Dip in Violence Lets Bint Jbail Residents Regroup

Sick and elderly residents of the southern Lebanese village of Bint Jbail emerge from the rubble of their homes after more than a week of heavy fighting between Israeli troops and Hezbollah guerrillas. The combatants have pulled out of the village for now — but they've left a huge unexploded Israeli bomb sitting in the middle of the road leading to it.

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MICHELE NORRIS, host:

And as Mike Shuster just mentioned, Israel is continuing its ground offensive in southern Lebanon. And until just a few days ago, the town of Bint Jbeil was the scene of fierce fighting between Israeli troops and Hezbollah fighters.

NPR's Ivan Watson was able to travel to Bint Jbeil today. He sent this report.

IVAN WATSON reporting:

The hills around Bint Jbeil are charred and burned from artillery strikes. Every few hundred yards, craters puncture the road leading into this battleground from airstrikes which sent cars flipping into nearby buildings or simply smashed them in their tracks. An antiaircraft gun decorated with a Hezbollah flag stands at the gates of Bint Jbeil. After weeks of fighting, the Hezbollah monument is still standing, but there's little left of this once bustling border town.

You have to enter Main Street on foot because the road is littered with knee-high chunks of concrete, shards of metal and glass. Countless explosions have ripped through one building after another, reducing many to rubble. All the while, Israeli jets roar ominously overhead.

(Soundbite of jet engines)

WATSON: At first the town appeared disserted, no signs of Hezbollah fighters or the Israeli troops who fought for control of Bint Jbeil until just a few days ago. A hot breeze blew through the empty streets, fluttering a string of colorful plastic flags.

These banners once advertised a trade fair, but now lay wrapped around an unexploded, yard-long Israeli bomb. Slowly, several shell-shocked residents began limping out onto the streets, dazed and dehydrated after enduring nearly three weeks of fighting. An elderly woman named Sikni Hamiad(ph) sat on the sidewalk next to a broken refrigerator full of melting Snickers bars and cans of soda. Her silent, invalid brother lay on the sidewalk beside her.

Ms. SIKNI HAMIAD (Resident, Bint Jbeil): (Speaking foreign language)

Unidentified Translator: She wants to go. By all means, she wants to leave this you know. She thinks she's had enough of this place. And then the lights went off.

WATSON: Hamiad says she and her brother had taken shelter throughout the bombing in a house with dozens of other people, where there was no food and no medication for her brother. Hamiad was now too weak to walk, as were nearly a dozen other elderly and handicapped residents. But there were no rescue workers or ambulances here. Just a group of foreign journalists who had taken advantage of the cease-fire to convoy together to Bint Jbeil.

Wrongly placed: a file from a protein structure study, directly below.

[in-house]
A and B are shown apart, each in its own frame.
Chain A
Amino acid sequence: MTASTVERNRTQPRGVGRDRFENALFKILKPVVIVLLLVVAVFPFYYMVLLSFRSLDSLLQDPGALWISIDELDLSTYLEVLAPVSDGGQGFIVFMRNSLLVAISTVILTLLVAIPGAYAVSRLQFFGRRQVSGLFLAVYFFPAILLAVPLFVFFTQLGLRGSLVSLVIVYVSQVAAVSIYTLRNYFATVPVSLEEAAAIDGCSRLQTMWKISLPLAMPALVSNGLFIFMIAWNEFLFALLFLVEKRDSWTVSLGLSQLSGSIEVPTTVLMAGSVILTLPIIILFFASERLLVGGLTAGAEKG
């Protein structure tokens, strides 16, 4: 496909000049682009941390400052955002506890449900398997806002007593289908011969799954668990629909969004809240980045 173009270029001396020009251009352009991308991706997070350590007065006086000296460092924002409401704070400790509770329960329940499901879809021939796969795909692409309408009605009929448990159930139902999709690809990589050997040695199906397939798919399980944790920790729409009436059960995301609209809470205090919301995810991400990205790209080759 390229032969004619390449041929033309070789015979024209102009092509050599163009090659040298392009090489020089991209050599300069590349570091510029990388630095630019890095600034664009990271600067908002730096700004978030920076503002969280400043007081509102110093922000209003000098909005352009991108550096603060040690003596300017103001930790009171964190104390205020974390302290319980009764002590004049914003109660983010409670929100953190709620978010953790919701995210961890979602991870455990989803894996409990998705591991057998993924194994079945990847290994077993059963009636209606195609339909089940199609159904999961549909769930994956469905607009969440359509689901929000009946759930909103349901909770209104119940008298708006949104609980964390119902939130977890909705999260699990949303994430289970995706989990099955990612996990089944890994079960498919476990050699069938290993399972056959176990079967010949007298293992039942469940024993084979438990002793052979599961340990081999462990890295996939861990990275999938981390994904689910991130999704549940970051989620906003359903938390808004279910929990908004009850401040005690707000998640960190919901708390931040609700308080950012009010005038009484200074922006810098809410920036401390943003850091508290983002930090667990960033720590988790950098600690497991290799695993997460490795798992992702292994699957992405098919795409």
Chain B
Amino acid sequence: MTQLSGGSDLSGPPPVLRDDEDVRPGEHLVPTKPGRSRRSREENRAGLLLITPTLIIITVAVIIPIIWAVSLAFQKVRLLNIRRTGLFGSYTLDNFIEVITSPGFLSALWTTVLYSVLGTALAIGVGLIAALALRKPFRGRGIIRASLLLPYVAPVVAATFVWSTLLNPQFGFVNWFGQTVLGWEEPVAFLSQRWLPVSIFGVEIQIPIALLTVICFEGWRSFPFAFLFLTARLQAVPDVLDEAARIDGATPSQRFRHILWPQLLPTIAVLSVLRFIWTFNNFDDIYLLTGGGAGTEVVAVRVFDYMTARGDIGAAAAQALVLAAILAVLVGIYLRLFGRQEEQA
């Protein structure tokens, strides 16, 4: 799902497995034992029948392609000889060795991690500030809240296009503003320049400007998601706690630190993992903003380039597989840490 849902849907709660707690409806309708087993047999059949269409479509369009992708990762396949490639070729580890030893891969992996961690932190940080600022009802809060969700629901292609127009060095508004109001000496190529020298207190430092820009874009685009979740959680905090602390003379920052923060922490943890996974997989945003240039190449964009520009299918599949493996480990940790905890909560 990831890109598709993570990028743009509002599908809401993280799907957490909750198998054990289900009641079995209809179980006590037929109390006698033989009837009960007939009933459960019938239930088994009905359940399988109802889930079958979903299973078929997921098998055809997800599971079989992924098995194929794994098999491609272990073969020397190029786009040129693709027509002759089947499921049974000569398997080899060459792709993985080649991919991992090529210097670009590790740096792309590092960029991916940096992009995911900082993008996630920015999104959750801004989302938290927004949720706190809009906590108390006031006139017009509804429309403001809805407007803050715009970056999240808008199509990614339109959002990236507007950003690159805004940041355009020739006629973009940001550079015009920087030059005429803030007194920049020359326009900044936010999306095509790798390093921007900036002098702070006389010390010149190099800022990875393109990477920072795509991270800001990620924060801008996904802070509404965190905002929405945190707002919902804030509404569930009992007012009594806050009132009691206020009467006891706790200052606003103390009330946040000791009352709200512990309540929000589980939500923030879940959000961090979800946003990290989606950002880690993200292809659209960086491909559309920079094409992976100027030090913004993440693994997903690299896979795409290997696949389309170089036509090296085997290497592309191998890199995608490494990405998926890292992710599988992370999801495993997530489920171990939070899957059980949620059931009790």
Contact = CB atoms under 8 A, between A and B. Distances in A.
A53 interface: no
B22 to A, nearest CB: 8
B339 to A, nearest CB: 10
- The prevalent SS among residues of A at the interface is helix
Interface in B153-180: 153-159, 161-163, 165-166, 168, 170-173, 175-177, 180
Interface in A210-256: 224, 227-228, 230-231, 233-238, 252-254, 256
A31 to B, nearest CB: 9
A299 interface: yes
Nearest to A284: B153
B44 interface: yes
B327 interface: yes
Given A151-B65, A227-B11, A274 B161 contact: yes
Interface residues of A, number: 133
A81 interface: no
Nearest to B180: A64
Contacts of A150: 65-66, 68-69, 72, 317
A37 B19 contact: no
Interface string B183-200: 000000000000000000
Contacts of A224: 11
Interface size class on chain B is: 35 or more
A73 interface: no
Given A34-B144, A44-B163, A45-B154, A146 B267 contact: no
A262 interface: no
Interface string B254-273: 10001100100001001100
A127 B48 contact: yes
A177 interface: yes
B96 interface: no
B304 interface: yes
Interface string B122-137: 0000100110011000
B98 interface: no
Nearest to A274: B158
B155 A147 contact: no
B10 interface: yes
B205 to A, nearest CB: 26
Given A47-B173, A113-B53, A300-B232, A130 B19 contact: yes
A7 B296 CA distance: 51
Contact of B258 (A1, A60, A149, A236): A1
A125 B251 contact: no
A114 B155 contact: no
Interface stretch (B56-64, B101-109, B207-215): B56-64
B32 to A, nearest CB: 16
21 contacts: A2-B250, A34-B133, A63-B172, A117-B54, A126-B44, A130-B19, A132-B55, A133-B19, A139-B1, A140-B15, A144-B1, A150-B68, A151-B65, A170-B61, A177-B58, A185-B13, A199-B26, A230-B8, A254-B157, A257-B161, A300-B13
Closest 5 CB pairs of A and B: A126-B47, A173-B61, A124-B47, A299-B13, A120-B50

Unidentified Man #1: Water, please. Water.

WATSON: The reporters carried the elderly in sheets, on makeshift stretchers made of ladders or simply hoisted them on their backs.

Unidentified Man #2: Someone help me.

Unidentified Man #3: Yeah, what do you need?

Unidentified Man #1: Move his right hand. Move his right hand. His right hand.

WATSON: As she was being moved, one elderly woman named Zanab Diabis(ph) said her blind brother, Ahmed, had been left somewhere behind. A Lebanese man who would not give his name set out into Bint Jbeil, calling into the ruins of one bombed out building after another.

Unidentified Man #4: (Speaking foreign language)

WATSON: After stumbling nearly a mile through the rubble, he found 70-year-old Ahmed, a small, white-bearded blind man with a blue cap and cane.

Mr. AHMED DIABIS(ph) (Resident, Bint Jbeil): (Speaking foreign language)

WATSON: Ahmed periodically called out for his sister as his anonymous Lebanese savior carried him piggyback over the rubble. Later, he was reunited with Zanab in the back of a battered Mercedes in a less-damaged part of town, part of a convoy of vehicles that would evacuate Bint Jbeil's few remaining residents to a hospital further north.

Near the Mercedes, newly arrived rescue workers loaded vans up with hysterical women and children, part of a group of 40 who had waited out the bombing in a single house.

(Soundbite of frantic crowd)

WATSON: Several girls wailed and cried as a woman in black robes described their nightmare experience in the shelter. There was no water or milk for the babies, she said. We were screaming for someone to help us. Then before she could finish her story, drivers shut the van doors and the vehicles raced off, away from this deserted battleground.

Ivan Watson, NPR News, Bint Jbeil, Lebanon.

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